In the late nineteenth century, North Carolina bet its future on an industry that would eventually collapse. Promoters for the state ardently pursued cotton mills, offering Yankee executives a robust supply of cheap labor coming off the farms and denying workers, all white, the opportunity to form viable unions. The promoters’ strategy bore fruit; at the turn of the century, North Carolina had 600 cotton mills. But as early as the 1920s, the American textile industry had descended into a basket case, and by the 1950s, textile (and furniture) manufacturing had clearly become an economic dead end.

Fortunately, North Carolina was then led by a coterie of leaders who did not indulge in psychological denial. No one will valorize Governor Luther Hodges, a man with a dubious record on school integration, but he and leaders in the business and university communities took an unsentimental look at where their state’s economy was trending. Witnessing deadly tremors in textiles and furniture, they founded the Research Triangle Park to attract new industries powered by the brains of well educated workers. That’s the principal reason why North Carolina grew robustly for the next sixty years instead of joining its traditional industries into decline.

West Virginia has had no such clairvoyance. Dependent for generations on the industry of coal mining, their already-poor state has only gotten poorer and more desperate. Where North Carolina was one of the fastest growing states over the last half century, West Virginia has been one of the only states to see its population decline. The state has done almost nothing to position itself for a post-coal future–instead clinging to the coal fields with the tenacity of a desperate man. No one has been more fervent in their pro-coal actions than Senator Joe Manchin, a Democrat.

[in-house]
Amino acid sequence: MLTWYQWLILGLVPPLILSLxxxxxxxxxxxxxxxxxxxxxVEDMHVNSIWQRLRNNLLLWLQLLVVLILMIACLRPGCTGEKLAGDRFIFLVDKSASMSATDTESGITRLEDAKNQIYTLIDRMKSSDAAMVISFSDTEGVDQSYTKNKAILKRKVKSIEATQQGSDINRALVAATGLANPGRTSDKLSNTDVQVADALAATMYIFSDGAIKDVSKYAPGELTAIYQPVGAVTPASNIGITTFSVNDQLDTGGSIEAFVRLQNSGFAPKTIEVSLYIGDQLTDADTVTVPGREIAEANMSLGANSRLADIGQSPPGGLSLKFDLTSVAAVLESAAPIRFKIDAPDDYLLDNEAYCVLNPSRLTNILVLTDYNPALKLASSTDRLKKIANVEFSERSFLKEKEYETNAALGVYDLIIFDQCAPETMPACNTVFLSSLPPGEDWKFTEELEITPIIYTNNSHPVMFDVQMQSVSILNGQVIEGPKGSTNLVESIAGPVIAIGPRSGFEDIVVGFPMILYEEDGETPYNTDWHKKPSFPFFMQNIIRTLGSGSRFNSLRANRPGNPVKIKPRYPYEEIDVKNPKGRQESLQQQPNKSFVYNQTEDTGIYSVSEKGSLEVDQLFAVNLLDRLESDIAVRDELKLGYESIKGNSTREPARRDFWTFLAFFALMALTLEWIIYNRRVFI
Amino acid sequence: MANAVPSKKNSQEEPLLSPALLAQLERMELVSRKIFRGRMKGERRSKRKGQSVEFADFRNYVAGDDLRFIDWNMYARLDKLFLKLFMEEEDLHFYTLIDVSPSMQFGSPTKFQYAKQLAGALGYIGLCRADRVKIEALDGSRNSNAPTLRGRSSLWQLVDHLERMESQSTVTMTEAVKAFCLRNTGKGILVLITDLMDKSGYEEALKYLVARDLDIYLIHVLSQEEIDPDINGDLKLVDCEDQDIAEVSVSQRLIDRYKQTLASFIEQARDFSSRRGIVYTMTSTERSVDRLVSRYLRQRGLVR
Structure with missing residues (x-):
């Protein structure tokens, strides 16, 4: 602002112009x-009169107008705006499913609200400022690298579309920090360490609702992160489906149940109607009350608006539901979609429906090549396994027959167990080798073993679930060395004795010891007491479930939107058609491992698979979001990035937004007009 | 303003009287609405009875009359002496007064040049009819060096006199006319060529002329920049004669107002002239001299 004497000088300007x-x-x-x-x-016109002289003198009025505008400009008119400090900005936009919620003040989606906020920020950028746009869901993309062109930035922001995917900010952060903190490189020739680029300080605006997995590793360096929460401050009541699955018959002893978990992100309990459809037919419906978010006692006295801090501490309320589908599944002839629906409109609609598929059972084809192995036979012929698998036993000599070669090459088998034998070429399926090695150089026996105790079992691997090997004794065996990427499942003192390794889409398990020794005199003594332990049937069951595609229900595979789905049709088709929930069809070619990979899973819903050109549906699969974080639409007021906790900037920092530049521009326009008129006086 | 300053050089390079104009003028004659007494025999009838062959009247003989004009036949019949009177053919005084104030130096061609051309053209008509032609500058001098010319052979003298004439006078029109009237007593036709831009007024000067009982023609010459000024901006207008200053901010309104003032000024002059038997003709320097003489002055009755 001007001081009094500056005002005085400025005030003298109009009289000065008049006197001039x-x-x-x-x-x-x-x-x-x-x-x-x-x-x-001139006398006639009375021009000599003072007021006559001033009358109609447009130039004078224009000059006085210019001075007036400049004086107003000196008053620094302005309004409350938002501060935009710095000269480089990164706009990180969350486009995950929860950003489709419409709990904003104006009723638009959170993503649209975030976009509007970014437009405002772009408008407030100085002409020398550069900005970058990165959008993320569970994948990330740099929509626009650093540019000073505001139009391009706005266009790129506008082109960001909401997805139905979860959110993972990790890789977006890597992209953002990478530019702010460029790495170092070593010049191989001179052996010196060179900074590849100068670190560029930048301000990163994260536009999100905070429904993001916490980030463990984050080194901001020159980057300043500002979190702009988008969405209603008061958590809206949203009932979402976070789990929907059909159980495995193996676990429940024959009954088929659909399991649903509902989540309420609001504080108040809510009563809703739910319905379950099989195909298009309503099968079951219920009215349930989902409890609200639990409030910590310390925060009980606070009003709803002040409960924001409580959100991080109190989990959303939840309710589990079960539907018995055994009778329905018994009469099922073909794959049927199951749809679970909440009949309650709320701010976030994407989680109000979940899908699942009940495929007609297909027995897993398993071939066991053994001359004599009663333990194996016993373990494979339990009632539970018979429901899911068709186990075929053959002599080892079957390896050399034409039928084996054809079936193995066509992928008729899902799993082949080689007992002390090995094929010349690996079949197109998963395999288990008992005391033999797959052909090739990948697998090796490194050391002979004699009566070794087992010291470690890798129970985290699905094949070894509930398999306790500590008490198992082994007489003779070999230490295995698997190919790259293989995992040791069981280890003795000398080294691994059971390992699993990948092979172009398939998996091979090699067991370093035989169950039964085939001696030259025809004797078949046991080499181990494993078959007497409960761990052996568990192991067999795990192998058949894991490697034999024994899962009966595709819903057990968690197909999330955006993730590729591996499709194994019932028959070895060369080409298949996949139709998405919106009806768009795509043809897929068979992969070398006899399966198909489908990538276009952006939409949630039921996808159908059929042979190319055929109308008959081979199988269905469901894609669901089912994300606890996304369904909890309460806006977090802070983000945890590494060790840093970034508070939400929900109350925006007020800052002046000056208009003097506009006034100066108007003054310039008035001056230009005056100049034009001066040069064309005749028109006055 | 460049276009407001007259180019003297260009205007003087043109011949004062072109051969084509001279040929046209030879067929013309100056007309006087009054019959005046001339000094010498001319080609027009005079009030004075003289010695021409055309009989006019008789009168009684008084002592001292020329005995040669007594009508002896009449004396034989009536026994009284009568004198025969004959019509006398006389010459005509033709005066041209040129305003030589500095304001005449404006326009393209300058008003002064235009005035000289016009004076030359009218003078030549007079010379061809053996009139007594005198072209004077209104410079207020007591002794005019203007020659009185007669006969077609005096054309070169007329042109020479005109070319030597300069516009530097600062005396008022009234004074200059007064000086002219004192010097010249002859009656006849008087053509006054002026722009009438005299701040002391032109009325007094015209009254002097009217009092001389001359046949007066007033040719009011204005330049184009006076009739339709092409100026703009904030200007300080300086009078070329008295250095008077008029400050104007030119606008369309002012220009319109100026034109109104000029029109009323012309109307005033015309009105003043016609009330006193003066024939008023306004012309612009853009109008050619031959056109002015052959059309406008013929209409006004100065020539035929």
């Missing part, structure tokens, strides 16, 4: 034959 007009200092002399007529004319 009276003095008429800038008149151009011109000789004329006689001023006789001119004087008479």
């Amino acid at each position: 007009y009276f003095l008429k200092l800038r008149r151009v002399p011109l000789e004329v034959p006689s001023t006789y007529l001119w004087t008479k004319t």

Even though coal employs barely any West Virginians (just 3%), Manchin has made it his primary mission in office to prop up his state’s dying signature industry. It’s extraordinarily misguided and a study in denial. Manchin should learn from another Southern/Border state, our own, in how to grow through the decline of industries that once employed vast numbers of the state’s residents. But despite this example being readily available, Manchin has fought for coal year, after year, after year, with deadly consequences for the climate.

It’s bad form to question a person’s motives. But one can only note that Manchin has made millions of dollars investing in coal companies. I make that observation not to impugn Manchin’s integrity but to draw another contrast with North Carolina’s leaders. Just as Manchin is invested in his state’s dying industry, Governor Hodges was literally a textile executive, managing 29 mills across the world. Yet Hodges didn’t allow his deep roots in the mill world to blind him to his state’s need to modernize.

North Carolina is hardly a progressive paradise. But in comparison to Joe Manchin’s West Virginia, it deserves to be proud of its far-sightedness in embracing industries that actually had promise. West Virginia’s government failed its people by digging into a raging defense of coal. Joe Manchin is the epitome of that intransigence. To do right by his people, he should look southward toward the Tar Heel State.

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